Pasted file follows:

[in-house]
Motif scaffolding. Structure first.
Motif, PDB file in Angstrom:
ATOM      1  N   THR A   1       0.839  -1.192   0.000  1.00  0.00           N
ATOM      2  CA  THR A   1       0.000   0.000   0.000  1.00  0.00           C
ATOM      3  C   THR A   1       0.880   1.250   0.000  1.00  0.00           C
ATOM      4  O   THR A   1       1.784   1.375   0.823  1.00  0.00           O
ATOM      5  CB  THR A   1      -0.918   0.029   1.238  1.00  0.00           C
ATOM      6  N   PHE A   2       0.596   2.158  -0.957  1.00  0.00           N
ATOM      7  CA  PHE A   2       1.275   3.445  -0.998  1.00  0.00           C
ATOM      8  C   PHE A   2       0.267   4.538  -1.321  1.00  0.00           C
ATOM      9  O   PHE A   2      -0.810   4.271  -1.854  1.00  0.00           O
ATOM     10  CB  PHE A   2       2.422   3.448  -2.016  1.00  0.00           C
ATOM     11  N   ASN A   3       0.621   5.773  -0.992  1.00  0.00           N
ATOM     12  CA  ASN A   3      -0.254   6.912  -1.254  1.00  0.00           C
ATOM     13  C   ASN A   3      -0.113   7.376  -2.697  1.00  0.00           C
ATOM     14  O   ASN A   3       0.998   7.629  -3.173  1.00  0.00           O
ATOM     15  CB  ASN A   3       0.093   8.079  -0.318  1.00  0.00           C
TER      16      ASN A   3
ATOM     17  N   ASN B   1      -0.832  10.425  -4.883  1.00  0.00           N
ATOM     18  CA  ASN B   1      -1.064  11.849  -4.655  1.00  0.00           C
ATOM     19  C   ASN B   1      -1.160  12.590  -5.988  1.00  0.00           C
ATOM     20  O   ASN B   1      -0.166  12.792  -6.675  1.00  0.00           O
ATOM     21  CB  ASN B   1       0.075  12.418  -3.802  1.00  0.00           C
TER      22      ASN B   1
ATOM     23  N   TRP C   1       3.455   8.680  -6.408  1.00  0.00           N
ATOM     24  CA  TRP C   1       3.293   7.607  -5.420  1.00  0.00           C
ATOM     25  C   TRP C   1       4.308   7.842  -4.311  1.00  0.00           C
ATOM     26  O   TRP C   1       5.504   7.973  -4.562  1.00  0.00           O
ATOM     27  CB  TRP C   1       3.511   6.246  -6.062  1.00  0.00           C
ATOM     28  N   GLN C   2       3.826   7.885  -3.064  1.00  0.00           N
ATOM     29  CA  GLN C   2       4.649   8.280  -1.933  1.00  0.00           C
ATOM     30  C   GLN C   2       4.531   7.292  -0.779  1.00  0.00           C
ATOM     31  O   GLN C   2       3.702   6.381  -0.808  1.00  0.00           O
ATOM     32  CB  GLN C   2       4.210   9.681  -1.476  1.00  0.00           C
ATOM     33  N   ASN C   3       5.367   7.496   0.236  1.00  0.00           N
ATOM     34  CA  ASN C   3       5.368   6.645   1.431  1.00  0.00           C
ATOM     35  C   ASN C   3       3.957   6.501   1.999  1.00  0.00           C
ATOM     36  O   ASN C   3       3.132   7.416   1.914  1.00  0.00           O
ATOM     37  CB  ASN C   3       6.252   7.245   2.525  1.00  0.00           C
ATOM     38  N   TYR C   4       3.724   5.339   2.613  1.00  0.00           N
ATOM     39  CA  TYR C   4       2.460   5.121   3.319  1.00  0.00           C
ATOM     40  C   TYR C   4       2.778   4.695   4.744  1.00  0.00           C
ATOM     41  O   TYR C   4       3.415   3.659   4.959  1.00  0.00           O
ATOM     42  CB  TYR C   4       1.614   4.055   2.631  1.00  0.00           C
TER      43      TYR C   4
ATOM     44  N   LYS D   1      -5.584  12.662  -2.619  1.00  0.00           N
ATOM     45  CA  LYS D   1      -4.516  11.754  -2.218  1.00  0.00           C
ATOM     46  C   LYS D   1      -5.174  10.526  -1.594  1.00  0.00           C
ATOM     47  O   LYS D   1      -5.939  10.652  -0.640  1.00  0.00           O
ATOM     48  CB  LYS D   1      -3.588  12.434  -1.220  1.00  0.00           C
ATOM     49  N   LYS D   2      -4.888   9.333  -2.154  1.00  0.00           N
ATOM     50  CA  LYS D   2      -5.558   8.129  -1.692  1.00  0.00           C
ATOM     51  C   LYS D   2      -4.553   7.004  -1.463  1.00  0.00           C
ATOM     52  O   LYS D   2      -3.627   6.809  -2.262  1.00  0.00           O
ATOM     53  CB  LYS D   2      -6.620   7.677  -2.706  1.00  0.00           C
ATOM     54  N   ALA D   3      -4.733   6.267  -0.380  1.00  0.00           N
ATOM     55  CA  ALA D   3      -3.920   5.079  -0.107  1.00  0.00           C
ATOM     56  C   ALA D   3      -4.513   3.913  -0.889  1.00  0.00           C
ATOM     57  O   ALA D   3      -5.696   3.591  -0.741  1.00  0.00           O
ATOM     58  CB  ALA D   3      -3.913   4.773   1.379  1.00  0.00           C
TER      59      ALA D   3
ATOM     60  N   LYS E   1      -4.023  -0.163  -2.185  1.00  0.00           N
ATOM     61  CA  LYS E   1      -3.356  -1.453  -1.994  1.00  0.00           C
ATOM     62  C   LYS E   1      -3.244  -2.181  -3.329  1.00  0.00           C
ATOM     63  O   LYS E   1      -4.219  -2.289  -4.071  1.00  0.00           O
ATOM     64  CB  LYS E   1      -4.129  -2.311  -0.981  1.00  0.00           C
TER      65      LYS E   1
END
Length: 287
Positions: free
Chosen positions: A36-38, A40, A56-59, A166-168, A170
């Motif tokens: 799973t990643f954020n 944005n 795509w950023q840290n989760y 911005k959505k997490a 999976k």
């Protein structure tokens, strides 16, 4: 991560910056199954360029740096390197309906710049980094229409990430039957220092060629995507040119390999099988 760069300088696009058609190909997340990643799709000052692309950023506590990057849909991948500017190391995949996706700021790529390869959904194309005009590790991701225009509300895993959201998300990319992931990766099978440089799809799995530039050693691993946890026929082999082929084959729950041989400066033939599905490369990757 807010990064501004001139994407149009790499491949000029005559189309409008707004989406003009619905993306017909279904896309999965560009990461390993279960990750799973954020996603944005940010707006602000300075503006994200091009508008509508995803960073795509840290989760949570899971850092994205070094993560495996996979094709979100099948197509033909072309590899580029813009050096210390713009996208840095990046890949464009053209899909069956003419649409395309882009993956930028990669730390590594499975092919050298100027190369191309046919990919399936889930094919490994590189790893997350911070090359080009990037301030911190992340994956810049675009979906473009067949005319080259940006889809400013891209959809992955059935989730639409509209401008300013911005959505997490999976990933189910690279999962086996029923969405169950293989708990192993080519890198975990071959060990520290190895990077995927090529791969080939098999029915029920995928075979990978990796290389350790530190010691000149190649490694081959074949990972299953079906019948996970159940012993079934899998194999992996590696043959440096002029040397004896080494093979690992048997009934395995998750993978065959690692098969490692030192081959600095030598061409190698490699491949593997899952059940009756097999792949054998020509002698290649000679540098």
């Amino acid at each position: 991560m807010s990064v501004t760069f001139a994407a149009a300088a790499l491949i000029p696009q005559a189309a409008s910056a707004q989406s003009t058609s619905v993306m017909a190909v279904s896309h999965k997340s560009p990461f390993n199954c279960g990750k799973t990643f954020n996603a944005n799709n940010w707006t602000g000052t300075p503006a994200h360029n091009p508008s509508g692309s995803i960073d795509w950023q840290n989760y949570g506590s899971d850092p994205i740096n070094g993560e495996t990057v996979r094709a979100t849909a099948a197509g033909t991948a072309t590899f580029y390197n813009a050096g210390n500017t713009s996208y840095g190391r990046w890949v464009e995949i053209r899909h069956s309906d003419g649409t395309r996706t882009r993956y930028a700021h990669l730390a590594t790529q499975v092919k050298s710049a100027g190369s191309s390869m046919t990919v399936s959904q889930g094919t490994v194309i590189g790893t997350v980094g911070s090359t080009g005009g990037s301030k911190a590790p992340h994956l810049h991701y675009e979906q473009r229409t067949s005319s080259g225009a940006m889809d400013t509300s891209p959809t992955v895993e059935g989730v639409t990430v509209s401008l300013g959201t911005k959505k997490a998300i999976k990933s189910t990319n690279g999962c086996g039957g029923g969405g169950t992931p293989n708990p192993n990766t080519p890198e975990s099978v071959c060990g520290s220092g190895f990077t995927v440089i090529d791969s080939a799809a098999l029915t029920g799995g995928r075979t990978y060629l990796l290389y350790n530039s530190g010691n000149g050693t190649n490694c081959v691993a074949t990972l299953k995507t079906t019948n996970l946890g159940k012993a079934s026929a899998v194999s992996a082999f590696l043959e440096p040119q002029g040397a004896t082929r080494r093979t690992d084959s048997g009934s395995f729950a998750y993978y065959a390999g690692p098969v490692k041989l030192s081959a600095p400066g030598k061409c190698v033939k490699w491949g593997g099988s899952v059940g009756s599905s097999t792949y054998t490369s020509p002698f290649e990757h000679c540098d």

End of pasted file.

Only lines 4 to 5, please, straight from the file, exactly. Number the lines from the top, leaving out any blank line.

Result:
ATOM      1  N   THR A   1       0.839  -1.192   0.000  1.00  0.00           N
ATOM      2  CA  THR A   1       0.000   0.000   0.000  1.00  0.00           C